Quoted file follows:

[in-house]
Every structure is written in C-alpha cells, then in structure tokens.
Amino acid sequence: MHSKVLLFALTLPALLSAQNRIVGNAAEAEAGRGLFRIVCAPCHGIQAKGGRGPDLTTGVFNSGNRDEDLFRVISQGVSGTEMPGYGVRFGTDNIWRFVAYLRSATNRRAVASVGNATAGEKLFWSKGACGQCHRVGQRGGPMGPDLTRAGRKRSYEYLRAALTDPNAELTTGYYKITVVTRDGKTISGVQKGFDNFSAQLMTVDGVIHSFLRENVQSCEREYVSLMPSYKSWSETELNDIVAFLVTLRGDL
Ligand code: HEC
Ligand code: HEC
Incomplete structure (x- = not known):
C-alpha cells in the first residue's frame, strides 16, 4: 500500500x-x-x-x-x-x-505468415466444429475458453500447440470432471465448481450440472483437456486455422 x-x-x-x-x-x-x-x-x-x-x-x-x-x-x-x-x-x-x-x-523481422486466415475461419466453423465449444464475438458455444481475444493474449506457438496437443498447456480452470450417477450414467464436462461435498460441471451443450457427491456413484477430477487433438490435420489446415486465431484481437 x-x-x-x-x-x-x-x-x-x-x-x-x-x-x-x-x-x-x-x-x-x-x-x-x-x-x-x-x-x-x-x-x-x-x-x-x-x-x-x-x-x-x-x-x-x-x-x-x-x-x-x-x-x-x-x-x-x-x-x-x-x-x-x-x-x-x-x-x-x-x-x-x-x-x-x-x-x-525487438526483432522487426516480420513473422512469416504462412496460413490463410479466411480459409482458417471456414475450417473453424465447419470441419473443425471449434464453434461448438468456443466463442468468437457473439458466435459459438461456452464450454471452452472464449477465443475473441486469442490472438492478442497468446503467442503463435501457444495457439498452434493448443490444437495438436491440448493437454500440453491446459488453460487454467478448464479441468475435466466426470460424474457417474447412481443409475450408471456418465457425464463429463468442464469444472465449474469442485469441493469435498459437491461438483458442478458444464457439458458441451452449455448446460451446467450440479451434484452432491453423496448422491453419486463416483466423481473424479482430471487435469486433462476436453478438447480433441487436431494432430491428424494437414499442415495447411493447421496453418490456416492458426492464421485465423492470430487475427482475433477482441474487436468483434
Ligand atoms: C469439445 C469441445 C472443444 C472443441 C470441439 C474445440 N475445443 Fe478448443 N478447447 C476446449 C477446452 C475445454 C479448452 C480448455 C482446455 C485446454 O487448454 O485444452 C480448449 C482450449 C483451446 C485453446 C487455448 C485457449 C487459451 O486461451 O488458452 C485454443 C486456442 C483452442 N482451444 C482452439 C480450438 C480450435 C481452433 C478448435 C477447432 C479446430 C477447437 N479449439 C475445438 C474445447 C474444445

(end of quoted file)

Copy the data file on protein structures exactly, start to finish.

[in-house]
Every structure is written in C-alpha cells, then in structure tokens.
Amino acid sequence: MHSKVLLFALTLPALLSAQNRIVGNAAEAEAGRGLFRIVCAPCHGIQAKGGRGPDLTTGVFNSGNRDEDLFRVISQGVSGTEMPGYGVRFGTDNIWRFVAYLRSATNRRAVASVGNATAGEKLFWSKGACGQCHRVGQRGGPMGPDLTRAGRKRSYEYLRAALTDPNAELTTGYYKITVVTRDGKTISGVQKGFDNFSAQLMTVDGVIHSFLRENVQSCEREYVSLMPSYKSWSETELNDIVAFLVTLRGDL
Ligand code: HEC
Ligand code: HEC
Incomplete structure (x- = not known):
C-alpha cells in the first residue's frame, strides 16, 4: 500500500x-x-x-x-x-x-505468415466444429475458453500447440470432471465448481450440472483437456486455422 x-x-x-x-x-x-x-x-x-x-x-x-x-x-x-x-x-x-x-x-523481422486466415475461419466453423465449444464475438458455444481475444493474449506457438496437443498447456480452470450417477450414467464436462461435498460441471451443450457427491456413484477430477487433438490435420489446415486465431484481437 x-x-x-x-x-x-x-x-x-x-x-x-x-x-x-x-x-x-x-x-x-x-x-x-x-x-x-x-x-x-x-x-x-x-x-x-x-x-x-x-x-x-x-x-x-x-x-x-x-x-x-x-x-x-x-x-x-x-x-x-x-x-x-x-x-x-x-x-x-x-x-x-x-x-x-x-x-x-525487438526483432522487426516480420513473422512469416504462412496460413490463410479466411480459409482458417471456414475450417473453424465447419470441419473443425471449434464453434461448438468456443466463442468468437457473439458466435459459438461456452464450454471452452472464449477465443475473441486469442490472438492478442497468446503467442503463435501457444495457439498452434493448443490444437495438436491440448493437454500440453491446459488453460487454467478448464479441468475435466466426470460424474457417474447412481443409475450408471456418465457425464463429463468442464469444472465449474469442485469441493469435498459437491461438483458442478458444464457439458458441451452449455448446460451446467450440479451434484452432491453423496448422491453419486463416483466423481473424479482430471487435469486433462476436453478438447480433441487436431494432430491428424494437414499442415495447411493447421496453418490456416492458426492464421485465423492470430487475427482475433477482441474487436468483434
Ligand atoms: C469439445 C469441445 C472443444 C472443441 C470441439 C474445440 N475445443 Fe478448443 N478447447 C476446449 C477446452 C475445454 C479448452 C480448455 C482446455 C485446454 O487448454 O485444452 C480448449 C482450449 C483451446 C485453446 C487455448 C485457449 C487459451 O486461451 O488458452 C485454443 C486456442 C483452442 N482451444 C482452439 C480450438 C480450435 C481452433 C478448435 C477447432 C479446430 C477447437 N479449439 C475445438 C474445447 C474444445